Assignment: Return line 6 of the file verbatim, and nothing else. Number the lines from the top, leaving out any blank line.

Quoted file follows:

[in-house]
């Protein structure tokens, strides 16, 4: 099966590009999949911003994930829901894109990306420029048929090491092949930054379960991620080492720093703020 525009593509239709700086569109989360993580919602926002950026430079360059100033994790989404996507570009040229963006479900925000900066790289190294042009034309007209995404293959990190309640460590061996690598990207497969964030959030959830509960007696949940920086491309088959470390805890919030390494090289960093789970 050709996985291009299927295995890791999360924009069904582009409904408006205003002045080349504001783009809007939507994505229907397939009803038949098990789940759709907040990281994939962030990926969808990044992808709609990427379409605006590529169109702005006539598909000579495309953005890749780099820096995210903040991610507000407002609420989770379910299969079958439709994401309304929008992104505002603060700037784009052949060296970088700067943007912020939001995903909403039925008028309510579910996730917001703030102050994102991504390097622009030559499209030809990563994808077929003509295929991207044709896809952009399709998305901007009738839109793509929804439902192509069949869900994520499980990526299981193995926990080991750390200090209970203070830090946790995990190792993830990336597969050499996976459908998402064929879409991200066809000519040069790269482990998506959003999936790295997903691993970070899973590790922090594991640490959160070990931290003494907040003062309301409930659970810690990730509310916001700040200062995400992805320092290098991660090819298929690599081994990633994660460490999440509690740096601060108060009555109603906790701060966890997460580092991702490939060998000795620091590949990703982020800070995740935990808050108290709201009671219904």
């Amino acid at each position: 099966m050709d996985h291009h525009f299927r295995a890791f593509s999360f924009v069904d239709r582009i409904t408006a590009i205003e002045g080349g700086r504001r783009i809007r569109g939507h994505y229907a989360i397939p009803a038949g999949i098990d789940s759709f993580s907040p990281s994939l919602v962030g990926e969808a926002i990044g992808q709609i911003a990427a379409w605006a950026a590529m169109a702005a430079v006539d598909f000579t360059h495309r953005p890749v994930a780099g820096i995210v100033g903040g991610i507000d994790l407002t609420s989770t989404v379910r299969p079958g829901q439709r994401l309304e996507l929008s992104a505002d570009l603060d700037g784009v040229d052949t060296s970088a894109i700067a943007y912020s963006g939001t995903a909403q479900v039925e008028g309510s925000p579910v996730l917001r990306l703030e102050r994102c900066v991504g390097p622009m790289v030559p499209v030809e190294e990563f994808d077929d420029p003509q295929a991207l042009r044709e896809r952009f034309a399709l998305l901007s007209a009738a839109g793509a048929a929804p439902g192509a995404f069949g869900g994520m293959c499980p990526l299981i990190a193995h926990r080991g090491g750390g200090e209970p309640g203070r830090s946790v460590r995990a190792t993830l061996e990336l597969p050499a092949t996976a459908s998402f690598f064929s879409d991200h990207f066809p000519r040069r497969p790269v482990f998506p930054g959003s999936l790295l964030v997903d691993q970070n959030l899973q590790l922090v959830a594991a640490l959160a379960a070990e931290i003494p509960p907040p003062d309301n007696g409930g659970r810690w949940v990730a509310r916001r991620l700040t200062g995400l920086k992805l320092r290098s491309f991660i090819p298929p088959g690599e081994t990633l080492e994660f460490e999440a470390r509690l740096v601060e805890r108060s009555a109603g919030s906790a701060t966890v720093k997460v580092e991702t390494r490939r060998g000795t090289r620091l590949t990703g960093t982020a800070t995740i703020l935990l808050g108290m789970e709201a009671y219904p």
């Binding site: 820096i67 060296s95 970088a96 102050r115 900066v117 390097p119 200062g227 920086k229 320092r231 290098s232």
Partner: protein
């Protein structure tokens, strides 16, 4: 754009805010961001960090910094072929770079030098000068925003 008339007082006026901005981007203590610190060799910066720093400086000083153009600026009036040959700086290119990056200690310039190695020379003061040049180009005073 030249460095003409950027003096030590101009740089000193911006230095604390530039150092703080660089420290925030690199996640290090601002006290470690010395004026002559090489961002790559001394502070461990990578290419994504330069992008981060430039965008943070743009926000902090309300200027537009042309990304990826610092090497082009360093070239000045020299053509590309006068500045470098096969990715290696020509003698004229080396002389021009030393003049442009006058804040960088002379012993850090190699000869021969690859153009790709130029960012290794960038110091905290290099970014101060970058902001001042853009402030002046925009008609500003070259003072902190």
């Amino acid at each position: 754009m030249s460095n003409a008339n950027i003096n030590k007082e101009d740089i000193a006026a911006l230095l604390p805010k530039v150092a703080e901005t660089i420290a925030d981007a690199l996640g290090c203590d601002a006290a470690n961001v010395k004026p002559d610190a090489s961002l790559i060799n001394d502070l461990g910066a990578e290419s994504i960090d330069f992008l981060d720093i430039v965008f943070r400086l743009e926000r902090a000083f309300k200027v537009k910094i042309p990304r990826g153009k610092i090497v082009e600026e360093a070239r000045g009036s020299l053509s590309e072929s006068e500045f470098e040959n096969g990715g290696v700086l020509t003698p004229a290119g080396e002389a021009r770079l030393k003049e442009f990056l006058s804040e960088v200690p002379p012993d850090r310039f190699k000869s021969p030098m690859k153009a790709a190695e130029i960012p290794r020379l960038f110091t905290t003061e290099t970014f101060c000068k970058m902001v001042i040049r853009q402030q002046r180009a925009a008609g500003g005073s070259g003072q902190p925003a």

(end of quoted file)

């Protein structure tokens, strides 16, 4: 754009805010961001960090910094072929770079030098000068925003 008339007082006026901005981007203590610190060799910066720093400086000083153009600026009036040959700086290119990056200690310039190695020379003061040049180009005073 030249460095003409950027003096030590101009740089000193911006230095604390530039150092703080660089420290925030690199996640290090601002006290470690010395004026002559090489961002790559001394502070461990990578290419994504330069992008981060430039965008943070743009926000902090309300200027537009042309990304990826610092090497082009360093070239000045020299053509590309006068500045470098096969990715290696020509003698004229080396002389021009030393003049442009006058804040960088002379012993850090190699000869021969690859153009790709130029960012290794960038110091905290290099970014101060970058902001001042853009402030002046925009008609500003070259003072902190």